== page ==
Govt tight-lipped on method to ‘protect’ Guyana’s national interest if US sanctions Mohameds

Last Updated on Thursday, 20 July 2023, 17:42 by Denis Chabrol

Nazar Mohamed and his son, Azruddin Mohamed

Vice President Bharrat Jagdeo on Thursday was mum on government’s next move to save a US$300 million investment in a new shorebase at Vreed-en-Hoop if the United States (US) imposes sanctions on key Guyanese players Nazar “Shell” Mohamed and his son Azruddin Mohamed are key players.

“If the US were to impose sanctions, then the government would have to assess how it deals with those sanctions and, of course, take steps to protect the interest of Guyana. That’s our primary concern,” he said. He said there could be several remedies but declined to provide details.

He told a news conference at his People’s Progressive Party (PPP) headquarters that the US has so far not informed the Guyana government that the Mohameds were the subject of a probe. “The government of Guyana has not been officially informed of any investigations into the Mohameds or what the charges are or what the allegations are at this stage; no official notification,” he said in response to a question by Demerara Waves Online News.

Mr Jagdeo added that “the government of Guyana will act on this matter when the US engages it officially if it engages the government of Guyana.”

A Reuters news agency report, citing intelligence reports and unnamed sources,  fingers the Mohameds in drug trafficking, gold smuggling and money laundering and said if the US government sanctions them, ExxonMobil could be forced to cut ties from the deal. The Mohameds have denied the allegations and have challenged Reuters to provide the evidence.

Pressed on options available to the government, the Vice President declined to say what those could be at this stage.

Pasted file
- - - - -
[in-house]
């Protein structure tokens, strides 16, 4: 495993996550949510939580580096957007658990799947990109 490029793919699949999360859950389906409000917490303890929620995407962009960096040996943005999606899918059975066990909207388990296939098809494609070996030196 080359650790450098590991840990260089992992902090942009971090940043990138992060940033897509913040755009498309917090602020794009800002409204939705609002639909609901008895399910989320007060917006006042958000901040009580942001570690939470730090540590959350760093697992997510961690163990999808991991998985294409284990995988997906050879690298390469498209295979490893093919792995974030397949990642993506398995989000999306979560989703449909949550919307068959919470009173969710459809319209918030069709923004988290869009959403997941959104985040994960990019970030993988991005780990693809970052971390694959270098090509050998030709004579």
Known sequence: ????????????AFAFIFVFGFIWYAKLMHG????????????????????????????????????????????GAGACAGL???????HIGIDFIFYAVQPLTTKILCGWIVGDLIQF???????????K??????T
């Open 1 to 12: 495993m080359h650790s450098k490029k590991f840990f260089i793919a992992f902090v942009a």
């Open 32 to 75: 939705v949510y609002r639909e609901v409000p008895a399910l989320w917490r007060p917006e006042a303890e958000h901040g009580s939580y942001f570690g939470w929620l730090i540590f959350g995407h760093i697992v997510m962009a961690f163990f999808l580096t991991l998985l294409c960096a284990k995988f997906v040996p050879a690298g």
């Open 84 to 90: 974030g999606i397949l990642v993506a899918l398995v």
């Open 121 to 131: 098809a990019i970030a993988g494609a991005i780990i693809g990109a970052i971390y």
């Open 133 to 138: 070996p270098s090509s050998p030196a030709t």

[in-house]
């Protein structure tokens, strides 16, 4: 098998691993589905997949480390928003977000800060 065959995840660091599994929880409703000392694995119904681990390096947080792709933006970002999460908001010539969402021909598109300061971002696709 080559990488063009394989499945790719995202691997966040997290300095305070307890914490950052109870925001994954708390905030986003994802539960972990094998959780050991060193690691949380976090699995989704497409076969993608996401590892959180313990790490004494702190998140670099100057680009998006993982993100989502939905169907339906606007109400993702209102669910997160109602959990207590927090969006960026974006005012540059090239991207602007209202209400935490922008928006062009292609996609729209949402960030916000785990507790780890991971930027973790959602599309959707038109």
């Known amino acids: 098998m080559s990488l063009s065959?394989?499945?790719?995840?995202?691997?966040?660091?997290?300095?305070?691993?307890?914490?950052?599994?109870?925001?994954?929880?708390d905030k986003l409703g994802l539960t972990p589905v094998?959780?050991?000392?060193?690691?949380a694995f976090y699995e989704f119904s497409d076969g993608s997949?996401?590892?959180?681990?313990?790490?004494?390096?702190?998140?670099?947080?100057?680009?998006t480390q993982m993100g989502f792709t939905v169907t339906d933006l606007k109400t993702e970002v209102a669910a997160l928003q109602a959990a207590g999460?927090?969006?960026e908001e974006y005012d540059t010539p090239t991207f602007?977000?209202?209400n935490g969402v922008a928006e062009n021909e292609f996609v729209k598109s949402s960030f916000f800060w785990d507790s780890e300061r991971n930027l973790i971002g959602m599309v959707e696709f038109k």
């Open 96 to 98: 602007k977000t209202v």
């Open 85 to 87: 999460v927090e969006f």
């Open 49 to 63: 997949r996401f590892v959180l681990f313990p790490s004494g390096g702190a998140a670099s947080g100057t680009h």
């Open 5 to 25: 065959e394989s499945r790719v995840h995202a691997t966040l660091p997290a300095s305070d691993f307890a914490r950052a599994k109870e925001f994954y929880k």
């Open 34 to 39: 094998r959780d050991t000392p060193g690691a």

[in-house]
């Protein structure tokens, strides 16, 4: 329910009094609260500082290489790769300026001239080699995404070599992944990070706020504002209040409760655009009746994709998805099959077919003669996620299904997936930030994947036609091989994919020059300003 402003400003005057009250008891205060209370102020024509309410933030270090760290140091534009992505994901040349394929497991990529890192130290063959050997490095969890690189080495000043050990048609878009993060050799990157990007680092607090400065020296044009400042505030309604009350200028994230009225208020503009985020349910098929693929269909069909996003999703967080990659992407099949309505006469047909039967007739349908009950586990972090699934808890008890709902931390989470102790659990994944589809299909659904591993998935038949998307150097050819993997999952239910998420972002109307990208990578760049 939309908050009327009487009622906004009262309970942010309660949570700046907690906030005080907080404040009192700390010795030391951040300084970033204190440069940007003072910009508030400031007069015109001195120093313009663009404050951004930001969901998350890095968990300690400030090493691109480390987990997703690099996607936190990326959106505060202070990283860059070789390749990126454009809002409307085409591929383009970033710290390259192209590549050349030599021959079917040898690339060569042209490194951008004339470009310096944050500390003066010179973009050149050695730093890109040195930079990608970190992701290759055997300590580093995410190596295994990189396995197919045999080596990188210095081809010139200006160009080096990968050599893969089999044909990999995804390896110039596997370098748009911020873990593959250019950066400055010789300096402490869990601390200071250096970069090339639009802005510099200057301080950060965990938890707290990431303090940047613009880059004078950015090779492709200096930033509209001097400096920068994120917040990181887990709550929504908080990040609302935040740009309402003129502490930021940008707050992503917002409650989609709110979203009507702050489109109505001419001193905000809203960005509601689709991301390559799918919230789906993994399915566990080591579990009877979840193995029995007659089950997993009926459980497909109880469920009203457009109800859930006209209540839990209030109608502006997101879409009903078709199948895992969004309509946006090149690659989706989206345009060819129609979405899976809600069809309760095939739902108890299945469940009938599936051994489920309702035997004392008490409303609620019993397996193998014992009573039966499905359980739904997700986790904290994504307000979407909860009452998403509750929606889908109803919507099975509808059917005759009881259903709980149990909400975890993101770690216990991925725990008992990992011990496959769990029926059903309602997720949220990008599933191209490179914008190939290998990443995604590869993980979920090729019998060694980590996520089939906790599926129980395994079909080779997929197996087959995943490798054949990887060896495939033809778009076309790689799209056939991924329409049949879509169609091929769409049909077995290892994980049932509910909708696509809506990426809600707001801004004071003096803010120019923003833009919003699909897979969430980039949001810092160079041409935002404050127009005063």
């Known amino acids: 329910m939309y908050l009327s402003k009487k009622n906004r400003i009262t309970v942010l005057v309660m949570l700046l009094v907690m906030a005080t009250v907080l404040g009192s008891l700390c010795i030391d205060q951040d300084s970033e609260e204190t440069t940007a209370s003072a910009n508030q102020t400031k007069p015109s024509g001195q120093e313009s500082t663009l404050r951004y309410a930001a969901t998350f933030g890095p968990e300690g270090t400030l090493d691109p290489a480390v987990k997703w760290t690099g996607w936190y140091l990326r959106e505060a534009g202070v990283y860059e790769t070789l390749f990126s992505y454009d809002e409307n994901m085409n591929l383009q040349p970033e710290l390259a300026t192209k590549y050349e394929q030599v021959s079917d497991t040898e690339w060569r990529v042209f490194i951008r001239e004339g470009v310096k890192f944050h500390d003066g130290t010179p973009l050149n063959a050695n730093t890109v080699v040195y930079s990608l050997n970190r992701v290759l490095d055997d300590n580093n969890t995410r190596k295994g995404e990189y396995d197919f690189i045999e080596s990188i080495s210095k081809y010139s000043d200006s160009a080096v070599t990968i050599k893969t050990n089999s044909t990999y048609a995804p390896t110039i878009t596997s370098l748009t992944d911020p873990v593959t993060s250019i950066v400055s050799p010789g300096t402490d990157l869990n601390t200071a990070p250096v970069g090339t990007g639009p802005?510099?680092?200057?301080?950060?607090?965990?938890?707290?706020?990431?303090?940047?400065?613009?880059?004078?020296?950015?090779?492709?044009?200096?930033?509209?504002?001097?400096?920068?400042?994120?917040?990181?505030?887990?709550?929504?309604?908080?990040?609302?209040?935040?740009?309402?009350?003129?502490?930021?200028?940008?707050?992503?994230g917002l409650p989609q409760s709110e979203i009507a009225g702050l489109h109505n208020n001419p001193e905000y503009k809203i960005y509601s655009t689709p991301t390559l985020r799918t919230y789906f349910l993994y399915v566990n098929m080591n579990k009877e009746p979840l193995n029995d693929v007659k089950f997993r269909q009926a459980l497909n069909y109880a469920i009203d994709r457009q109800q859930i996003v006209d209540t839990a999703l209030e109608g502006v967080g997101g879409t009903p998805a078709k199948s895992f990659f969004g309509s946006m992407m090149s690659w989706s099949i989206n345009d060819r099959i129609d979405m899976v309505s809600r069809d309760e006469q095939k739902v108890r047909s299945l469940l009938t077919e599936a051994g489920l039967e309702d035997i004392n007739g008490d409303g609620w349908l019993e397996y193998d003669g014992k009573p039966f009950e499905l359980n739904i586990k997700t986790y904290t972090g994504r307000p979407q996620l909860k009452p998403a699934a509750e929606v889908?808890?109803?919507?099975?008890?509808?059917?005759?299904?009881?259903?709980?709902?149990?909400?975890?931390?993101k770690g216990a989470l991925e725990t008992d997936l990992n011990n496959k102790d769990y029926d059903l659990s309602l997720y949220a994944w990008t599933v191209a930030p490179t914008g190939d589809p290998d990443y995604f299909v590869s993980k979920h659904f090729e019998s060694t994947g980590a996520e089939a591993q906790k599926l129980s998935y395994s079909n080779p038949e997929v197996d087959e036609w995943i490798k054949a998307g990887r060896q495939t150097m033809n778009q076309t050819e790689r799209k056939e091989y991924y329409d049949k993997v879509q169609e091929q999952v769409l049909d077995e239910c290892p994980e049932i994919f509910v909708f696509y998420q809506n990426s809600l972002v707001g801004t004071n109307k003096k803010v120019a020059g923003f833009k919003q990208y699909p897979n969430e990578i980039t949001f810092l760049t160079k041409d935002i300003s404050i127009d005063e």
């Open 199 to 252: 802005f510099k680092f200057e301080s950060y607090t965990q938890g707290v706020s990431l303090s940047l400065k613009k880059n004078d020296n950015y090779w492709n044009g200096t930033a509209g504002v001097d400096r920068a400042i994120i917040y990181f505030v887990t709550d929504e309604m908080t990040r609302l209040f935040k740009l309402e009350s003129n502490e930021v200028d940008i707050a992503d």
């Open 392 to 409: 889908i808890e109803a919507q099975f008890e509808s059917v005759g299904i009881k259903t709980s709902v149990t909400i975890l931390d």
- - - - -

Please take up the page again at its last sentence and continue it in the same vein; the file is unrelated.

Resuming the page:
Despite the fact that the Reuters report has linked the Mohameds as close associates of  President Irfaan Ali, the Vice President stated categorically that the incumbent Guyanese leader would be the PPP-Civic’s presidential candidate again in 2025. “President Ali will be our presidential candidate in 2025 and we will the elections with him again in 2025,” he said.

The Vice President sought to rubbish a section of the Reuters report that the Mohameds might have influenced Dr Ali’s election as President of Guyana and that he is somehow acting in favour of those two businessman.

Mr Jagdeo indicated that he helped to groom Dr Ali, the PPP’s Finance Secretary, through a number of government project-related appointments in addition to having come from a family with a long history of struggle with late PPP Founder Leader Dr Cheddi Jagan in the early days. “He earned his position as the presidential candidate of this party,” Mr Jagdeo said

The PPP General Secretary stated that “the Mohameds had no role to play in this elections” and Dr Ali was voted into office based on a strong campaign. Mr Jagdeo also denied the Mohameds were benefitting from their engagement with Exxon through the consortium because of links with the Guyana government. “Let me make it clear the government of Guyana had absolutely no influence ion Exxon to award any contract. In fact, we will not do it because we don’t want to be beholden… to any oil company, ” he said, adding that ExxonMobil had received several bids from Guyanese companies, several of them in partnership with others.

The Vice President indicated that government had arm-length approach to the issuance of oil production permits by hiring international specialist that review the permits. “I am in charge basically policy-wise of this sector. Not a single day did Irfaan Ali call me or the Mohameds could ever call me to say we’re part of some consortium with Exxon (so) accelerate something or do something. I’ll find it reprehensible and it never happened,” he said.

Mr Jagdeo recalled that the Guyana government had scrapped its relationship with a Washington DC-based lobbying firm, BGR Group, after information surfaced that the Mohameds were using the same firm. BGR had been hired to help convince the United States to again issue visas to them.